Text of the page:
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The idea behind this project was to create a large custom case for the Raspberry Pi with a style reminiscent of the older gaming consoles (like the Commodore 64 or the Amiga). The case was made in thin multiplex wood, housing a Raspberry Pi 3B+ that runs RetroPie. In addition, the case accommodates a custom-coloured PS/2-over-USB keyboard, a turn off/on button, a sequence of LEDs to indicate the current CPU temperature, an internal 5V temperature-controlled blower fan, a status LED indicating SD-card activity, externally-routed access ports for HDMI, power, audio/video jack, and Ethernet, and a USB hub containing three extra USB ports as well as various card readers.

The case was made such that both the Raspberry Pi and/or the keyboard can be removed if needed, with custom made compartments for storing cabling (HDMI, power and adapter, earbuds, SD-cards, ...). After sanding down, the wood was painted with multiple layers of various-coloured acrylic spray paints, and coated in two layers of acrylic gloss varnish. The front of the case contains a wooden panel on which an image was created by transferring toner to the wood.

The operating system (Raspbian stretch with RetroPie) runs on a SanDisk Ultra microSDHC UHS-I Card (32 GB, max. 80 MB/s), and also contains the LXDE desktop environment (with Python, Java, Eclipse, LibreOffice, ... and the Conky system resources monitor installed).

  • Painting the keyboard

  • Soldering the electronics


    The fan is a 5V Sunon MagLev 1.2W model, using some 190 mA; it receives its power directly from pin 2 (5V PWR). The fan is controlled via pulse- width modulation (PWM) (including hysteresis) using the 3.3V pin 29 (GPIO5), which is connected to the base of a BC547E NPN transistor (having a 0.7V voltage drop from the collector to the emitter). A 1K ohm resistor is put between the GPIO pin and the transistor, and a diode is placed in parallel with the fan to protect the motherboard from reverse current during the turning on and off sequences of the fan.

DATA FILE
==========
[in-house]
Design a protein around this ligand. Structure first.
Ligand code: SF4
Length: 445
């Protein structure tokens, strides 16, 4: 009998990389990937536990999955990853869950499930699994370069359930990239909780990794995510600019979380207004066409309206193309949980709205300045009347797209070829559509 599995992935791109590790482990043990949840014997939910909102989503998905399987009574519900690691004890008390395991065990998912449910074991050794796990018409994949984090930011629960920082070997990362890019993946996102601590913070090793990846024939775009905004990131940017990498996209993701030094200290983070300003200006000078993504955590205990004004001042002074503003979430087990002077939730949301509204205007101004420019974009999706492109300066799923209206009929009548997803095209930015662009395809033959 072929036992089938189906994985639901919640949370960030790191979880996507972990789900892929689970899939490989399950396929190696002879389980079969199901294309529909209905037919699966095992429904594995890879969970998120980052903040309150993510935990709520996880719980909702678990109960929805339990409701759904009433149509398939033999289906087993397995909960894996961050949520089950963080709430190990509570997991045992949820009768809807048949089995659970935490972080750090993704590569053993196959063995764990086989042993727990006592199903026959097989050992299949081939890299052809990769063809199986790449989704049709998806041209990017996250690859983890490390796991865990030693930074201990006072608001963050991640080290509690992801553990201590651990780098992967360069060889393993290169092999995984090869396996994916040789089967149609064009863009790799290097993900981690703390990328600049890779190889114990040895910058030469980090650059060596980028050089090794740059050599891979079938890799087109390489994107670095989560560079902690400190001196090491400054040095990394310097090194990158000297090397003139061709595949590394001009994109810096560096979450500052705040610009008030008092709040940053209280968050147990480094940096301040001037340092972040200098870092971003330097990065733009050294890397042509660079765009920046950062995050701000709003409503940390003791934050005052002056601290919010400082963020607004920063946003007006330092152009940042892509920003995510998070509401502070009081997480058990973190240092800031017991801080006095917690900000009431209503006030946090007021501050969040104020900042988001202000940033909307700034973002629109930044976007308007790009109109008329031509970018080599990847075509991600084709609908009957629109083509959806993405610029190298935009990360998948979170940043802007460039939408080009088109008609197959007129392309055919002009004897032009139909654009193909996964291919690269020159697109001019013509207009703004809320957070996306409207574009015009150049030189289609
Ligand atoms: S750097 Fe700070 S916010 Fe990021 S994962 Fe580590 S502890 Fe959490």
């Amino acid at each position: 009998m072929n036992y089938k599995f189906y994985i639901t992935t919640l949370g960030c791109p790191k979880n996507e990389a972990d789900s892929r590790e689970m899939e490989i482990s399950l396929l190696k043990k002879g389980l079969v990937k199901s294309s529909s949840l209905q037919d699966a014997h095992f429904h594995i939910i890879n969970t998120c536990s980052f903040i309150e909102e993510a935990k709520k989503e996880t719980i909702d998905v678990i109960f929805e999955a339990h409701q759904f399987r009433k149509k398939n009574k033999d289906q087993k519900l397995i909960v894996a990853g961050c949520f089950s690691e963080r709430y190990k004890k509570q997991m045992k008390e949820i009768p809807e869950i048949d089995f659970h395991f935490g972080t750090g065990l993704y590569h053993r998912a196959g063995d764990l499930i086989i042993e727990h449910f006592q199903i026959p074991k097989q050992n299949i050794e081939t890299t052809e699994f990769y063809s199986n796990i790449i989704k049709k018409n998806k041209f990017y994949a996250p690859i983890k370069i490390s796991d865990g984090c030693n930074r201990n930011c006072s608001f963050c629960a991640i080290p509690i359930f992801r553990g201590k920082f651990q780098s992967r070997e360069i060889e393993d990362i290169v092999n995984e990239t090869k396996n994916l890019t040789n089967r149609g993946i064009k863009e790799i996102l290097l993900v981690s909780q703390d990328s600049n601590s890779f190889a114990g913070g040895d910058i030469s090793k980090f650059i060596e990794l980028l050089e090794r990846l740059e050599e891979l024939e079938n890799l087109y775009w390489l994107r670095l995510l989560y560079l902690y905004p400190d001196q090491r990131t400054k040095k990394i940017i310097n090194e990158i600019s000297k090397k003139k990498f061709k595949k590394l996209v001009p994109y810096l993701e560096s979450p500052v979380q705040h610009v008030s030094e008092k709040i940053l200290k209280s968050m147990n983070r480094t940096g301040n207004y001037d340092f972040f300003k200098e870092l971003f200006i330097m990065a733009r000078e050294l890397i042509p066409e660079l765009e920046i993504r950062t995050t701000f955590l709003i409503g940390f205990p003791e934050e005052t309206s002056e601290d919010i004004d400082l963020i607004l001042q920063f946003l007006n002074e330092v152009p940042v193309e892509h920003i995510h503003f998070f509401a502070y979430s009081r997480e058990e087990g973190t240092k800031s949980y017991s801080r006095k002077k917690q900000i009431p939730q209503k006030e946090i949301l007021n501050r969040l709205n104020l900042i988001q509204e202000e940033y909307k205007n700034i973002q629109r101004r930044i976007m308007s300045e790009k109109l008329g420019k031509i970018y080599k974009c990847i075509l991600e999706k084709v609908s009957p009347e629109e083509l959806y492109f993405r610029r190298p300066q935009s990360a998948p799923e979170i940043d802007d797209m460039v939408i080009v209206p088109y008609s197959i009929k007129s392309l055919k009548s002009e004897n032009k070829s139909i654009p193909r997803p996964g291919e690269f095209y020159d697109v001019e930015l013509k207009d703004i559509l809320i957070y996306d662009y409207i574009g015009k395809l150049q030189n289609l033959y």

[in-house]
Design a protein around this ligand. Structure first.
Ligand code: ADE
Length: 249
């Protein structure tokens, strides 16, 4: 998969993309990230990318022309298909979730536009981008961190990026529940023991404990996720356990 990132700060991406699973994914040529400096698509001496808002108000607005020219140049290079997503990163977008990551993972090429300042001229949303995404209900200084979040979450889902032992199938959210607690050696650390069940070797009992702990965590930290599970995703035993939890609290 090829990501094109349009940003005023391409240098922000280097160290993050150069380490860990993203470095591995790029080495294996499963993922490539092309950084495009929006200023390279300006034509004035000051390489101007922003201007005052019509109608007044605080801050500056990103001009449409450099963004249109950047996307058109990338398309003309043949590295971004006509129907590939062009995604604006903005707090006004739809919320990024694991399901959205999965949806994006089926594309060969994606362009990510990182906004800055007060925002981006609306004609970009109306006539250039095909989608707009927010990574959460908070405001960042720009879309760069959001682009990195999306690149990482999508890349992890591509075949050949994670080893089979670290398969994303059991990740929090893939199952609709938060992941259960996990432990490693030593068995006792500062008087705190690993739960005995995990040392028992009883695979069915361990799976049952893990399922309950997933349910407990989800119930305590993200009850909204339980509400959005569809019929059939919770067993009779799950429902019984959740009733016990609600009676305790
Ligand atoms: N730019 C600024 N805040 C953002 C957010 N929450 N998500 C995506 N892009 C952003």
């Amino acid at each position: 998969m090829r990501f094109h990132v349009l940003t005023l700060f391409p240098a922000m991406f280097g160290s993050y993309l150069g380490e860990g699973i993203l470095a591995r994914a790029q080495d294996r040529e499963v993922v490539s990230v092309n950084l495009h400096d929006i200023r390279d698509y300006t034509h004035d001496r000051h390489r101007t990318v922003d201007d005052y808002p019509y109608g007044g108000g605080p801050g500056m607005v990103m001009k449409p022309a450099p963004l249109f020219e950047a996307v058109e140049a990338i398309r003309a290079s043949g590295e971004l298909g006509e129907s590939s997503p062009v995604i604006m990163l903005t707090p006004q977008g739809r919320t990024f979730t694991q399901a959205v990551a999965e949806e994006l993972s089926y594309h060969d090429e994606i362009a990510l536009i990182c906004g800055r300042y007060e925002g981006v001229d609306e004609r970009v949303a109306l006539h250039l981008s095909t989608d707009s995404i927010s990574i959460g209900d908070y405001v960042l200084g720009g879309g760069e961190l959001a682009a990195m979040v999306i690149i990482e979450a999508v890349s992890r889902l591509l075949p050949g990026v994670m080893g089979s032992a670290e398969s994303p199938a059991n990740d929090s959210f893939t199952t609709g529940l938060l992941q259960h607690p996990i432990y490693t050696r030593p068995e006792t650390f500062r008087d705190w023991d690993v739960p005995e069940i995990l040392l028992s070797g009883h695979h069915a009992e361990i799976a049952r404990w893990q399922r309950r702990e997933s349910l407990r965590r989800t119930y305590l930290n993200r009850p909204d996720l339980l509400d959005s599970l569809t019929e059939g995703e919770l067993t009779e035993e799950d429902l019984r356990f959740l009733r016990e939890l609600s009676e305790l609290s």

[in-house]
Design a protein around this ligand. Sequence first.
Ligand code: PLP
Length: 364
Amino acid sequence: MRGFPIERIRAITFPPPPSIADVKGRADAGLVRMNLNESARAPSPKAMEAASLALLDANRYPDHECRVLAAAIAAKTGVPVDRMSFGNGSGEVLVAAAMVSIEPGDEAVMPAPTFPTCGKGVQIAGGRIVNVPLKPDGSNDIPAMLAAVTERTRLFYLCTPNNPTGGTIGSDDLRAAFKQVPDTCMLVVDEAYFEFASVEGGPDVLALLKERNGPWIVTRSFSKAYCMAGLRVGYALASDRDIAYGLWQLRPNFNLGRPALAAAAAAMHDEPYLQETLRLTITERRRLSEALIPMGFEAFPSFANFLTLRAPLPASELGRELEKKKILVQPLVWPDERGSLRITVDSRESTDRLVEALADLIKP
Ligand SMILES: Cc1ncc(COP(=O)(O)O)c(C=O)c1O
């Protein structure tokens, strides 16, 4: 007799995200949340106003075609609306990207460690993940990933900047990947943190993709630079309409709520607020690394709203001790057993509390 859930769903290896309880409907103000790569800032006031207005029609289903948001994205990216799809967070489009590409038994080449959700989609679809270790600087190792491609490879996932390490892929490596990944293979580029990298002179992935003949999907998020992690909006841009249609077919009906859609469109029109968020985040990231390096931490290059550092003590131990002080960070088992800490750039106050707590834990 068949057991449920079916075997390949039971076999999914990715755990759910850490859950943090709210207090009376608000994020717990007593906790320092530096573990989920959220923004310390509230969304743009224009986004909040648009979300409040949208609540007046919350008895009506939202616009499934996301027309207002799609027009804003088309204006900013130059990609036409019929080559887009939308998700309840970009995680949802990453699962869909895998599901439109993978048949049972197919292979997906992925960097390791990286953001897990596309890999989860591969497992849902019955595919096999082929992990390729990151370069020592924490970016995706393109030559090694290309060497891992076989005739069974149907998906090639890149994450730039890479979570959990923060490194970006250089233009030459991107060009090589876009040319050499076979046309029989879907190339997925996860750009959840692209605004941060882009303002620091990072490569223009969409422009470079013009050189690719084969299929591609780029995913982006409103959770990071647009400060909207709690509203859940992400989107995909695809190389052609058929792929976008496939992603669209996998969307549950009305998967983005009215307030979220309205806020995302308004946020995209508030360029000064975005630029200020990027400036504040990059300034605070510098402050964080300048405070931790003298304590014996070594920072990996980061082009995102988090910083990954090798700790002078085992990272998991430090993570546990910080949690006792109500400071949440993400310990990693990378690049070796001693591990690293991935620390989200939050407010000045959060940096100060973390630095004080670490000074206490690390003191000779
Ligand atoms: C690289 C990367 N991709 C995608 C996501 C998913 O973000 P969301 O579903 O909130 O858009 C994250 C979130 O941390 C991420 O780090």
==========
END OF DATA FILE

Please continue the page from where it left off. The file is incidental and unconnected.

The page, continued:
The first three LEDs (green, yellow, and red) are controlled via the 3.3V pins 31, 33, and 35 (GPIO6, GPIO13, and GPIO19, respectively), with currents limited by three 120 ohm resistors. Both the LEDs and the fan are controlled via a Python script running as a service in the background, continuously monitoring the CPU's temperature and being activated accordingly. The fourth LED is a blue one, directly controlled via pin 37 (GPIO26) as its forward voltage is over 3V; it is associated with SD-card activity.

    A pushbutton is also connected to pins 5 (GPIO3) and 6 (GND). There is a Python script running as a service in the background, continously monitoring the button's state, which in turn triggers a proper shutdown sequence for the CPU. In low-power mode, the board is reactivated once the button is pressed again.

    Finally, a truncated 5V blue LED-strip was placed inside the case, placed in series with an on/off switch.